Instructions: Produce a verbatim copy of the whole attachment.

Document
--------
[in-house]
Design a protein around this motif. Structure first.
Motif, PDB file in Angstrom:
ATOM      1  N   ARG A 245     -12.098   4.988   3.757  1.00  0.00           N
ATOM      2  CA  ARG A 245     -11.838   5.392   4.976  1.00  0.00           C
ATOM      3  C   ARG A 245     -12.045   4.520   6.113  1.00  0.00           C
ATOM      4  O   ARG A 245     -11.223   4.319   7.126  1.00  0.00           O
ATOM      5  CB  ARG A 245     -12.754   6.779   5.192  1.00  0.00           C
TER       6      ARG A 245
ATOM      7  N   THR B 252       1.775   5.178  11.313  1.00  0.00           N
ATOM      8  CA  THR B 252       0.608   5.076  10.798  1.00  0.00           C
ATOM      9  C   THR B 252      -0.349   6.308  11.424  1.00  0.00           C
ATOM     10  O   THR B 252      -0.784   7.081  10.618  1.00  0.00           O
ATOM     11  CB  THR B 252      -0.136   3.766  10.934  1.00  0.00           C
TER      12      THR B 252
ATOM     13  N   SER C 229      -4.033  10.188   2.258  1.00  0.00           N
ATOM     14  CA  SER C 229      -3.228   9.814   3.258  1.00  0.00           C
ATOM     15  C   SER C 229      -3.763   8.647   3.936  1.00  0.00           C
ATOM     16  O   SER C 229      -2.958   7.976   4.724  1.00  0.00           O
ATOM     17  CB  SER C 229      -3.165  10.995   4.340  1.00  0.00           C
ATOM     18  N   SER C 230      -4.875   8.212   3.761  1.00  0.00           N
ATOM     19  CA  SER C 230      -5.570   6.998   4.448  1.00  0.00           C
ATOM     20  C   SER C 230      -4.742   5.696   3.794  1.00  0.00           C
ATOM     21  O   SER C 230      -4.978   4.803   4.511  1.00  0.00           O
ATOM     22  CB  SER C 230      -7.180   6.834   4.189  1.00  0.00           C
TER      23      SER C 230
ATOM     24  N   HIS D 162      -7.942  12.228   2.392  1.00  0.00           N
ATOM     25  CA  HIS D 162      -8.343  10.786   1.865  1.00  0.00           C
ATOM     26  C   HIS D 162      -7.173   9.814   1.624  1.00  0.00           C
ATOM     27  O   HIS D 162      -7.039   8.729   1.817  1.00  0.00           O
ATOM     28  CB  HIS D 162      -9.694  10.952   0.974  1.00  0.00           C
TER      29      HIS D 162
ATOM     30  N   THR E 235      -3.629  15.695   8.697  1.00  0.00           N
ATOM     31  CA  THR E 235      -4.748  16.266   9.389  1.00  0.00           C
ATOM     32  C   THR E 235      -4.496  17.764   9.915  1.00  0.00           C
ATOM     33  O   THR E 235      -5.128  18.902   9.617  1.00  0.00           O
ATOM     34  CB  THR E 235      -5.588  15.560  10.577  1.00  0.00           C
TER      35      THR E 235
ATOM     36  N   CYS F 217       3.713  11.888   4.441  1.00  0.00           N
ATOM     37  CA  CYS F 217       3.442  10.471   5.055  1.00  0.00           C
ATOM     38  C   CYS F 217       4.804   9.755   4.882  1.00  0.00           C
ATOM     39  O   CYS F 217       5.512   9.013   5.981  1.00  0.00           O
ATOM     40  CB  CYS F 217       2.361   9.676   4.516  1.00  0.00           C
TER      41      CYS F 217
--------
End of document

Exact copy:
[in-house]
Design a protein around this motif. Structure first.
Motif, PDB file in Angstrom:
ATOM      1  N   ARG A 245     -12.098   4.988   3.757  1.00  0.00           N
ATOM      2  CA  ARG A 245     -11.838   5.392   4.976  1.00  0.00           C
ATOM      3  C   ARG A 245     -12.045   4.520   6.113  1.00  0.00           C
ATOM      4  O   ARG A 245     -11.223   4.319   7.126  1.00  0.00           O
ATOM      5  CB  ARG A 245     -12.754   6.779   5.192  1.00  0.00           C
TER       6      ARG A 245
ATOM      7  N   THR B 252       1.775   5.178  11.313  1.00  0.00           N
ATOM      8  CA  THR B 252       0.608   5.076  10.798  1.00  0.00           C
ATOM      9  C   THR B 252      -0.349   6.308  11.424  1.00  0.00           C
ATOM     10  O   THR B 252      -0.784   7.081  10.618  1.00  0.00           O
ATOM     11  CB  THR B 252      -0.136   3.766  10.934  1.00  0.00           C
TER      12      THR B 252
ATOM     13  N   SER C 229      -4.033  10.188   2.258  1.00  0.00           N
ATOM     14  CA  SER C 229      -3.228   9.814   3.258  1.00  0.00           C
ATOM     15  C   SER C 229      -3.763   8.647   3.936  1.00  0.00           C
ATOM     16  O   SER C 229      -2.958   7.976   4.724  1.00  0.00           O
ATOM     17  CB  SER C 229      -3.165  10.995   4.340  1.00  0.00           C
ATOM     18  N   SER C 230      -4.875   8.212   3.761  1.00  0.00           N
ATOM     19  CA  SER C 230      -5.570   6.998   4.448  1.00  0.00           C
ATOM     20  C   SER C 230      -4.742   5.696   3.794  1.00  0.00           C
ATOM     21  O   SER C 230      -4.978   4.803   4.511  1.00  0.00           O
ATOM     22  CB  SER C 230      -7.180   6.834   4.189  1.00  0.00           C
TER      23      SER C 230
ATOM     24  N   HIS D 162      -7.942  12.228   2.392  1.00  0.00           N
ATOM     25  CA  HIS D 162      -8.343  10.786   1.865  1.00  0.00           C
ATOM     26  C   HIS D 162      -7.173   9.814   1.624  1.00  0.00           C
ATOM     27  O   HIS D 162      -7.039   8.729   1.817  1.00  0.00           O
ATOM     28  CB  HIS D 162      -9.694  10.952   0.974  1.00  0.00           C
TER      29      HIS D 162
ATOM     30  N   THR E 235      -3.629  15.695   8.697  1.00  0.00           N
ATOM     31  CA  THR E 235      -4.748  16.266   9.389  1.00  0.00           C
ATOM     32  C   THR E 235      -4.496  17.764   9.915  1.00  0.00           C
ATOM     33  O   THR E 235      -5.128  18.902   9.617  1.00  0.00           O
ATOM     34  CB  THR E 235      -5.588  15.560  10.577  1.00  0.00           C
TER      35      THR E 235
ATOM     36  N   CYS F 217       3.713  11.888   4.441  1.00  0.00           N
ATOM     37  CA  CYS F 217       3.442  10.471   5.055  1.00  0.00           C
ATOM     38  C   CYS F 217       4.804   9.755   4.882  1.00  0.00           C
ATOM     39  O   CYS F 217       5.512   9.013   5.981  1.00  0.00           O
ATOM     40  CB  CYS F 217       2.361   9.676   4.516  1.00  0.00           C
TER      41      CYS F 217